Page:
In 2023, South Africa endured a staggering 332 days of load shedding, according to the figures, compiled by EskomSePush and The Outlier, including a record 74 days of Stage 6 power cuts that resulted in 10 or more hours without electricity. The impact has been devastating on businesses in the country, and the interruption of electricity has led to an all-time high in the loss of production and productivity.

Companies are faced with the challenge of operating sustainably under these conditions when many cannot afford alternative energy solutions. With no immediate relief in sight, other avenues need to be explored. This is where the Temporary Employment Services (TES) providers can play a pivotal role in supporting businesses.

Devastation of a nation

The lack of reliability of electricity supply disrupts operations, leading to ineffective operations and ultimately financial losses, while the impact of the rising cost of electricity exacerbates the issue. This challenge is twofold. When Eskom electricity is available, the high cost of electricity is impacting on profit margins, and when it is not, the cost of funding alternative electricity solutions, whether through renewable energy and/or fuel for generators, results in additional pressure.

Aside from the impact on the country’s economy, on a micro-economic scale, load shedding is devastating small businesses that can no longer afford to operate their business as electricity costs outweigh their profits. The energy crisis also has a massive impact on the job market as the country is bleeding jobs at an alarming rate, which we can ill afford to do.

Exploring other avenues

While many organisations have turned to alternative energy solutions, this is not an instant fix to our problems, and many businesses simply cannot afford the expense of alternative power solutions. There seems to be no end in sight for the current electricity crisis, which means that businesses need to explore other avenues to remain operational, and TES solutions can form a part of this solution.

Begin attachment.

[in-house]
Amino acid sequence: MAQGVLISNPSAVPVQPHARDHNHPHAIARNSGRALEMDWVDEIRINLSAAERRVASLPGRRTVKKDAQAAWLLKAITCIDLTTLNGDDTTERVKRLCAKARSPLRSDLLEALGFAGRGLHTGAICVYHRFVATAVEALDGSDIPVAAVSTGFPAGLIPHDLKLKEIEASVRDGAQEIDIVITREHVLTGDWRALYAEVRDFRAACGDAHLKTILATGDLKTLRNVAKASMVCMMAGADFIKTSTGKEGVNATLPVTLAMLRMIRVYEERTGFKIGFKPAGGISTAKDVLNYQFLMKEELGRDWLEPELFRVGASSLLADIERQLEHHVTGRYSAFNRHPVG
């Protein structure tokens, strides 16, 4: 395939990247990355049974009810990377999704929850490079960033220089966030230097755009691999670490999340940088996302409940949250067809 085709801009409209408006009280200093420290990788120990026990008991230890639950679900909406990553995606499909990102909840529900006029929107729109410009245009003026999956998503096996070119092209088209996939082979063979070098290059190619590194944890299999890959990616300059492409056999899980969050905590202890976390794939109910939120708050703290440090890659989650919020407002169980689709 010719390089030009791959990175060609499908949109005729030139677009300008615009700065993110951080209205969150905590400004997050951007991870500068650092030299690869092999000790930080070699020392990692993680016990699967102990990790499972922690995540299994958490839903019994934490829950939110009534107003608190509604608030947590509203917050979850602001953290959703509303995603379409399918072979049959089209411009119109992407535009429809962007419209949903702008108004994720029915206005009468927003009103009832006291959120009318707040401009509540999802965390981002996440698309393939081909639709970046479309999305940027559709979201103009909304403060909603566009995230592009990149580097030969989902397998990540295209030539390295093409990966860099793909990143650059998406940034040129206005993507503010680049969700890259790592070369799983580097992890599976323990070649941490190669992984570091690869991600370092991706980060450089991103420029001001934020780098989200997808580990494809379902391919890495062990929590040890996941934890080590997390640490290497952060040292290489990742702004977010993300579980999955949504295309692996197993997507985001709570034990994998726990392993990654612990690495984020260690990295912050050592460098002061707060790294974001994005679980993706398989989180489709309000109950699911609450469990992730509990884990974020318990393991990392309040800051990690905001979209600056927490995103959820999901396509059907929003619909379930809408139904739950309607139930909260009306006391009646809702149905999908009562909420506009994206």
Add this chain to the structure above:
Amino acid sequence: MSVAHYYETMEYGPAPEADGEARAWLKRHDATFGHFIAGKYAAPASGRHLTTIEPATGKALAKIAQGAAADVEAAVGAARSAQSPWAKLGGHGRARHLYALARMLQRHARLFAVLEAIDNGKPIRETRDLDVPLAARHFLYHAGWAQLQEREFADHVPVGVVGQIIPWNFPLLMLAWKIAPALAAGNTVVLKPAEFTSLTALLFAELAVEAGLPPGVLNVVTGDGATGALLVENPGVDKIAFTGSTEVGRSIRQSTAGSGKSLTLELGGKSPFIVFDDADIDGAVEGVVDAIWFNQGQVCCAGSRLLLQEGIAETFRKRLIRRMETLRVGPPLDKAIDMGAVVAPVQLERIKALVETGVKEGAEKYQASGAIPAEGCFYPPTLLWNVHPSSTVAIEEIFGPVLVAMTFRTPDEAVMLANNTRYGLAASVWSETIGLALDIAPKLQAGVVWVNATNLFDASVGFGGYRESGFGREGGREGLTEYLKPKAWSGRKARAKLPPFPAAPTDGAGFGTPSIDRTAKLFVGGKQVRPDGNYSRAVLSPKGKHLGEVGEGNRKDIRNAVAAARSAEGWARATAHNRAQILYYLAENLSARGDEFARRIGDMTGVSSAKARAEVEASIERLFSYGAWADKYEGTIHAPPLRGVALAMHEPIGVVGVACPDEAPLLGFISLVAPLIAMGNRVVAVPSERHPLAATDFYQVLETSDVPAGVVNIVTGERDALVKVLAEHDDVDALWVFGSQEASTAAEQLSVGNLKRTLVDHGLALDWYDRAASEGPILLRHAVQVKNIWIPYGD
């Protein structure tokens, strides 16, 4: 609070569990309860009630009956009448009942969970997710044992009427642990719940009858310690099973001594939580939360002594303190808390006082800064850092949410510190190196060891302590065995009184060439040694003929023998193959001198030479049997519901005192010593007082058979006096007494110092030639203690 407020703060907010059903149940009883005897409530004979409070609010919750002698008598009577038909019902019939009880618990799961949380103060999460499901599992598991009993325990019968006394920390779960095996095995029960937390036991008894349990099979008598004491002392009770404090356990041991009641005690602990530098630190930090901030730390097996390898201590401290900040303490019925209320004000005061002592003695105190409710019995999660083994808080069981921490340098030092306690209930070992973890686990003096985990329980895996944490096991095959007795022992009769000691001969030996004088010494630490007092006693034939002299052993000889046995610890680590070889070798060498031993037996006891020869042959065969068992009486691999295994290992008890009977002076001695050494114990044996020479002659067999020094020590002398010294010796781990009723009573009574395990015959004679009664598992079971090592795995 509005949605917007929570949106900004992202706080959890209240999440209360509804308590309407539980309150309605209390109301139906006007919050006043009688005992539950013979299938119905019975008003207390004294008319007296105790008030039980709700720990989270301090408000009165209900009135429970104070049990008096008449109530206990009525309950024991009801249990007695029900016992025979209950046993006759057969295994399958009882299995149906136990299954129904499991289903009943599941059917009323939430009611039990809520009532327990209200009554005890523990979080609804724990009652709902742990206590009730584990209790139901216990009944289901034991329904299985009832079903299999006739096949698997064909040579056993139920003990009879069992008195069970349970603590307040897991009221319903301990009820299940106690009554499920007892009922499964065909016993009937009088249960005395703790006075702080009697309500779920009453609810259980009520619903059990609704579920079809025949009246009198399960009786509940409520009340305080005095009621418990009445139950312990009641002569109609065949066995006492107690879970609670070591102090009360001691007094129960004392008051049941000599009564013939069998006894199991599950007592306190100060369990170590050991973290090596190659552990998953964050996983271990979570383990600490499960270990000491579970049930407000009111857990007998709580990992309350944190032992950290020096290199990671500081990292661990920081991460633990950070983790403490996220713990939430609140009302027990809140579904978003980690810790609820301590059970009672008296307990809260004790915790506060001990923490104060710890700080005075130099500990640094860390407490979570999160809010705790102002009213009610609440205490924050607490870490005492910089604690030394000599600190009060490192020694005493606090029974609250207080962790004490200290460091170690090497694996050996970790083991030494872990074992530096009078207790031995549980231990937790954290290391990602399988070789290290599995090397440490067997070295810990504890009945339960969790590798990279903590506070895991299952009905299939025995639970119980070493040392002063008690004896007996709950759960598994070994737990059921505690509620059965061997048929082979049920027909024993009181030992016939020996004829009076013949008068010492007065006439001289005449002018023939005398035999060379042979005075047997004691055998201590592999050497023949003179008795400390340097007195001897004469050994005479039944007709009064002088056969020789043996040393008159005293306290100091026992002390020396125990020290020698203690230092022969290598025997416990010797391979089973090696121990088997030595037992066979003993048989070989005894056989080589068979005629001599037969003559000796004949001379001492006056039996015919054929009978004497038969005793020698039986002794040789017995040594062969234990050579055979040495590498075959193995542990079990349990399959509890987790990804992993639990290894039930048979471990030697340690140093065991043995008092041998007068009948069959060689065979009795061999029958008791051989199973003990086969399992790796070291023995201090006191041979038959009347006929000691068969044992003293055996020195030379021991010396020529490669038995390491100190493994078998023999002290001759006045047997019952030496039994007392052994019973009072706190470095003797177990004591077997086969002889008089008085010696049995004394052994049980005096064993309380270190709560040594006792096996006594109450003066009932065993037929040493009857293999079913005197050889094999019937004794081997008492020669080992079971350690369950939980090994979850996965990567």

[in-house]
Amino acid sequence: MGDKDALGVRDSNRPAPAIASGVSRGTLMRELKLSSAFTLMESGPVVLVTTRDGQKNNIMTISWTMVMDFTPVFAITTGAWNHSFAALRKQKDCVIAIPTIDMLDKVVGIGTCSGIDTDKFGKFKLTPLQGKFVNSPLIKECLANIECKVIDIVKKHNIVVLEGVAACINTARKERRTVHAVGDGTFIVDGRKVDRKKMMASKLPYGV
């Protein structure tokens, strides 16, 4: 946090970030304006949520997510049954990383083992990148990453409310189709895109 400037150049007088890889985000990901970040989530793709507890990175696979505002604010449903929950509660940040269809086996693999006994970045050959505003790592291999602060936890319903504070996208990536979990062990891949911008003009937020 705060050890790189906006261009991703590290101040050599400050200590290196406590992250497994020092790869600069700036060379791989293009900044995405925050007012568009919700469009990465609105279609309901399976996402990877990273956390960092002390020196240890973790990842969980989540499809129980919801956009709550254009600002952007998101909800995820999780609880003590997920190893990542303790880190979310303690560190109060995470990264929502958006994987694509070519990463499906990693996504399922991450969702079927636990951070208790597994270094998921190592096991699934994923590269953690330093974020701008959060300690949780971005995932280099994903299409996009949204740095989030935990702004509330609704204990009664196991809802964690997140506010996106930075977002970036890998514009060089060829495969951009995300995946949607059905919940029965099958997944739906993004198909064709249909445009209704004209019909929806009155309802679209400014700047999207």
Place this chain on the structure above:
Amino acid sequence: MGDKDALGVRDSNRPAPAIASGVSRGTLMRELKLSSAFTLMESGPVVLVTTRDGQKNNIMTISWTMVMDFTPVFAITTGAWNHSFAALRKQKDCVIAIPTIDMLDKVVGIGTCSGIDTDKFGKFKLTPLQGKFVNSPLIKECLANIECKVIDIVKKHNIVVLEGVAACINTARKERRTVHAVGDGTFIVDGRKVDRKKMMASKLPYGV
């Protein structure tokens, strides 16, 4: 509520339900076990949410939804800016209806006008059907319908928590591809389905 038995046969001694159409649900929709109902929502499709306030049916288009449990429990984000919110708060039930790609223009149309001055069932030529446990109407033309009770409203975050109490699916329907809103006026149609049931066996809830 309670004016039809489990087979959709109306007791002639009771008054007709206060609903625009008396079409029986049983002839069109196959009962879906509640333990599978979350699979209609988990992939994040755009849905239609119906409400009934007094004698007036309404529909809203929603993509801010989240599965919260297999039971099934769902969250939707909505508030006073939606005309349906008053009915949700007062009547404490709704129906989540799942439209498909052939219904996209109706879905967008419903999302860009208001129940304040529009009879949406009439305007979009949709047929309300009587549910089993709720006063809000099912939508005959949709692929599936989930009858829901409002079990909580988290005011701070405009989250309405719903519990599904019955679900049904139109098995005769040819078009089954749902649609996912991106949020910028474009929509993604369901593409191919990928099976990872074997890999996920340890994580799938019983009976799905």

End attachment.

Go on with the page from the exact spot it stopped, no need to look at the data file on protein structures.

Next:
TES providers can introduce a vital layer of flexibility by providing temporary staffing supply when required, ensuring that businesses only need to pay for these employees when they are working. While core staff should remain as permanent employees, the introduction of a temporary workforce can ensure productivity when there is power, without the expense of staff when there is not.

When there are unexpected periods where load shedding is suspended or the load shedding levels reduced, temporary employees can be arranged at short notice to increase production and productivity during these periods, providing a buffer for when we have increased stages of load shedding and production is limited.

In it for the long term

The electricity supply versus demand crisis is not going to improve in the short term, but businesses need to ensure they can weather the storm and continue operations until it does. Using a compliant and reputable TES can minimise both business and HR risk associated with electricity supply constraints. Load shedding has an enormous impact on the revenue and profits of businesses, but with access to a temporary workforce, businesses are better equipped to cope with the unpredictability of loadshedding schedules. 

Quintus Sliep, Managing Director of Worldwide Staffing

By Admin